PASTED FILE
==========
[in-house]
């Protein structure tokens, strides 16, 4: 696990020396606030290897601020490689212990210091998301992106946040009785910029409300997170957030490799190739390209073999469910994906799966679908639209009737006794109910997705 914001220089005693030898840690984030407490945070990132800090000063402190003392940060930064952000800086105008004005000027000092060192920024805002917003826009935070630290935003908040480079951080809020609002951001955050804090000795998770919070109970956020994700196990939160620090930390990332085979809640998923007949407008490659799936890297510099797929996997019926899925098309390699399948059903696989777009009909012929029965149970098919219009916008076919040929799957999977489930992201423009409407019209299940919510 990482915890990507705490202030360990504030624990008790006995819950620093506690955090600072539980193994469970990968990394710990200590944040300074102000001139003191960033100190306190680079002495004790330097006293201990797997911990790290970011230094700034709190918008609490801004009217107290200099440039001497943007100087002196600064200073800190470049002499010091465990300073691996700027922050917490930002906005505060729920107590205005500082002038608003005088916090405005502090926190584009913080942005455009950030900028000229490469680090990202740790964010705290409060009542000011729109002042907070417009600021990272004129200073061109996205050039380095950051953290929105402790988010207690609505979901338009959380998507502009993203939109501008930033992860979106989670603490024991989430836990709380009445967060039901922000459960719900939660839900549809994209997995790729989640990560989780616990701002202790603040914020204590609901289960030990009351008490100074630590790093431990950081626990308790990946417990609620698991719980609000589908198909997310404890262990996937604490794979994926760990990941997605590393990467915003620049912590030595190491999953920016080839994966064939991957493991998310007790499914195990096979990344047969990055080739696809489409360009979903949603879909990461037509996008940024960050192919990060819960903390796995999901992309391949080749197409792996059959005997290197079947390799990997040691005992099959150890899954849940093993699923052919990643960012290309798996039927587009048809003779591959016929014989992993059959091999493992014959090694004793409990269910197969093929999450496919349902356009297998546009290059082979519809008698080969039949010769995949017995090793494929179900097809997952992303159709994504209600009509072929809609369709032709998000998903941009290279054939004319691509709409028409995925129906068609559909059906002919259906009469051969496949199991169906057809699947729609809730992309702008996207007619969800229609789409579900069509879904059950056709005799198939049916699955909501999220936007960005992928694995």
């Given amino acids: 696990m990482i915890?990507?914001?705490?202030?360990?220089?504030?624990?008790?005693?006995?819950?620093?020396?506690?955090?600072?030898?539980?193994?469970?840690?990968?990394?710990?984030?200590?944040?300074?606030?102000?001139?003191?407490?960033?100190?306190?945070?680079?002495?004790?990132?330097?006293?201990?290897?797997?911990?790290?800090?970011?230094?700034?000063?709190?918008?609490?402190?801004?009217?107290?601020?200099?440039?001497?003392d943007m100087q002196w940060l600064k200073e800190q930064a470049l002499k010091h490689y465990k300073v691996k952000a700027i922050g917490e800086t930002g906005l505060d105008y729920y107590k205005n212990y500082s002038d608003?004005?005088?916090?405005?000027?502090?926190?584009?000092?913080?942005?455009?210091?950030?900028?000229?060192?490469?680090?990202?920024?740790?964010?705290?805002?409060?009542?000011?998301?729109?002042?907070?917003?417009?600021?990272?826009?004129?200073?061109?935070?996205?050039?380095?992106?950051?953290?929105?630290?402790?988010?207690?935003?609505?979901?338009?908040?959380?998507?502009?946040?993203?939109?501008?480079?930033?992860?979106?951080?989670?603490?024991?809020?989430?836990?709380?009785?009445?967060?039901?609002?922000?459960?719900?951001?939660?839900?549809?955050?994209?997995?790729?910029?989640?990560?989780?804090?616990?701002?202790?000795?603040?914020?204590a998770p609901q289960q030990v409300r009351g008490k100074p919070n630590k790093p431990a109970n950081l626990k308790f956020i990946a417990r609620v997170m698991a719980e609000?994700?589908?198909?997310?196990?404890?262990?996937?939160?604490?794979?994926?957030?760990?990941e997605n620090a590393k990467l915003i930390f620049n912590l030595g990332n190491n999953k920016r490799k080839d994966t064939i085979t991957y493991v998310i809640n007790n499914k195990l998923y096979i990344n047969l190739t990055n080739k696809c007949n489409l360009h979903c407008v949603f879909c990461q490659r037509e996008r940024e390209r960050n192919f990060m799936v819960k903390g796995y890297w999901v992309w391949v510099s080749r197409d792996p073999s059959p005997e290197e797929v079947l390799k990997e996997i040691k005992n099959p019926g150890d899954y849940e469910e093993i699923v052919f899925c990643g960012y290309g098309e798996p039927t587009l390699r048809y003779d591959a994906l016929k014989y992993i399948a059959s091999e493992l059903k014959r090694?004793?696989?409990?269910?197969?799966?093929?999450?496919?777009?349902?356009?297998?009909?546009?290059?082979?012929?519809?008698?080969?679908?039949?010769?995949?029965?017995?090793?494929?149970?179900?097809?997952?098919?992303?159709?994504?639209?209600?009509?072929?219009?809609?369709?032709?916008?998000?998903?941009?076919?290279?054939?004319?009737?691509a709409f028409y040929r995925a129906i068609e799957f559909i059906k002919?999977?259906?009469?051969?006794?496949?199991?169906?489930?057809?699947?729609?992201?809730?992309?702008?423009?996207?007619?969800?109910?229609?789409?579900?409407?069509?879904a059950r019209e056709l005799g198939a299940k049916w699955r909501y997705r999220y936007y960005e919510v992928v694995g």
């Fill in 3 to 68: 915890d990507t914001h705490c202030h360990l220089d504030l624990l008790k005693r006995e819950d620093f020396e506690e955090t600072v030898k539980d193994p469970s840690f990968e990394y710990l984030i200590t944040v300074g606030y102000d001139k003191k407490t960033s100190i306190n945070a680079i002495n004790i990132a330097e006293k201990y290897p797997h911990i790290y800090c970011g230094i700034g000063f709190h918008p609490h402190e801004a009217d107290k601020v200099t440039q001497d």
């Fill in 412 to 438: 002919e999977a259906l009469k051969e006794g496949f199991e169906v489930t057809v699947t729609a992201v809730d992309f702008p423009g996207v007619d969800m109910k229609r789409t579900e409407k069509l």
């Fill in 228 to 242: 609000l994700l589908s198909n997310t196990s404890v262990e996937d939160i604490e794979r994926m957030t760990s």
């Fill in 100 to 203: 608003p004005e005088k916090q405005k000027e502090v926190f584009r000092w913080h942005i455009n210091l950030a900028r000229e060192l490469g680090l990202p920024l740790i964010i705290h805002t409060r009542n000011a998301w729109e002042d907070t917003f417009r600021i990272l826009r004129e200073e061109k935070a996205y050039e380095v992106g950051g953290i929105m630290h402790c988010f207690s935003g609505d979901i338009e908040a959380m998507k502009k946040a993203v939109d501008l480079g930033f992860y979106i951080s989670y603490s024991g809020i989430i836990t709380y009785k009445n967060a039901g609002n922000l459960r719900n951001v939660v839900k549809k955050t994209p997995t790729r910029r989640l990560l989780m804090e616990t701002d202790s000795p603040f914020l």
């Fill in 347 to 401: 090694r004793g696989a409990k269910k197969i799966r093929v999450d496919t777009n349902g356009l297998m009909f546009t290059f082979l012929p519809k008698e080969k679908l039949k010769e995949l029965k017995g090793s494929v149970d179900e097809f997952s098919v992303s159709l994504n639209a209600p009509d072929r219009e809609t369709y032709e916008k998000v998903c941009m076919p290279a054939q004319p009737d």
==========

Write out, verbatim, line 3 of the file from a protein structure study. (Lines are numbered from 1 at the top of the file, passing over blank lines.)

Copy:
């Given amino acids: 696990m990482i915890?990507?914001?705490?202030?360990?220089?504030?624990?008790?005693?006995?819950?620093?020396?506690?955090?600072?030898?539980?193994?469970?840690?990968?990394?710990?984030?200590?944040?300074?606030?102000?001139?003191?407490?960033?100190?306190?945070?680079?002495?004790?990132?330097?006293?201990?290897?797997?911990?790290?800090?970011?230094?700034?000063?709190?918008?609490?402190?801004?009217?107290?601020?200099?440039?001497?003392d943007m100087q002196w940060l600064k200073e800190q930064a470049l002499k010091h490689y465990k300073v691996k952000a700027i922050g917490e800086t930002g906005l505060d105008y729920y107590k205005n212990y500082s002038d608003?004005?005088?916090?405005?000027?502090?926190?584009?000092?913080?942005?455009?210091?950030?900028?000229?060192?490469?680090?990202?920024?740790?964010?705290?805002?409060?009542?000011?998301?729109?002042?907070?917003?417009?600021?990272?826009?004129?200073?061109?935070?996205?050039?380095?992106?950051?953290?929105?630290?402790?988010?207690?935003?609505?979901?338009?908040?959380?998507?502009?946040?993203?939109?501008?480079?930033?992860?979106?951080?989670?603490?024991?809020?989430?836990?709380?009785?009445?967060?039901?609002?922000?459960?719900?951001?939660?839900?549809?955050?994209?997995?790729?910029?989640?990560?989780?804090?616990?701002?202790?000795?603040?914020?204590a998770p609901q289960q030990v409300r009351g008490k100074p919070n630590k790093p431990a109970n950081l626990k308790f956020i990946a417990r609620v997170m698991a719980e609000?994700?589908?198909?997310?196990?404890?262990?996937?939160?604490?794979?994926?957030?760990?990941e997605n620090a590393k990467l915003i930390f620049n912590l030595g990332n190491n999953k920016r490799k080839d994966t064939i085979t991957y493991v998310i809640n007790n499914k195990l998923y096979i990344n047969l190739t990055n080739k696809c007949n489409l360009h979903c407008v949603f879909c990461q490659r037509e996008r940024e390209r960050n192919f990060m799936v819960k903390g796995y890297w999901v992309w391949v510099s080749r197409d792996p073999s059959p005997e290197e797929v079947l390799k990997e996997i040691k005992n099959p019926g150890d899954y849940e469910e093993i699923v052919f899925c990643g960012y290309g098309e798996p039927t587009l390699r048809y003779d591959a994906l016929k014989y992993i399948a059959s091999e493992l059903k014959r090694?004793?696989?409990?269910?197969?799966?093929?999450?496919?777009?349902?356009?297998?009909?546009?290059?082979?012929?519809?008698?080969?679908?039949?010769?995949?029965?017995?090793?494929?149970?179900?097809?997952?098919?992303?159709?994504?639209?209600?009509?072929?219009?809609?369709?032709?916008?998000?998903?941009?076919?290279?054939?004319?009737?691509a709409f028409y040929r995925a129906i068609e799957f559909i059906k002919?999977?259906?009469?051969?006794?496949?199991?169906?489930?057809?699947?729609?992201?809730?992309?702008?423009?996207?007619?969800?109910?229609?789409?579900?409407?069509?879904a059950r019209e056709l005799g198939a299940k049916w699955r909501y997705r999220y936007y960005e919510v992928v694995g």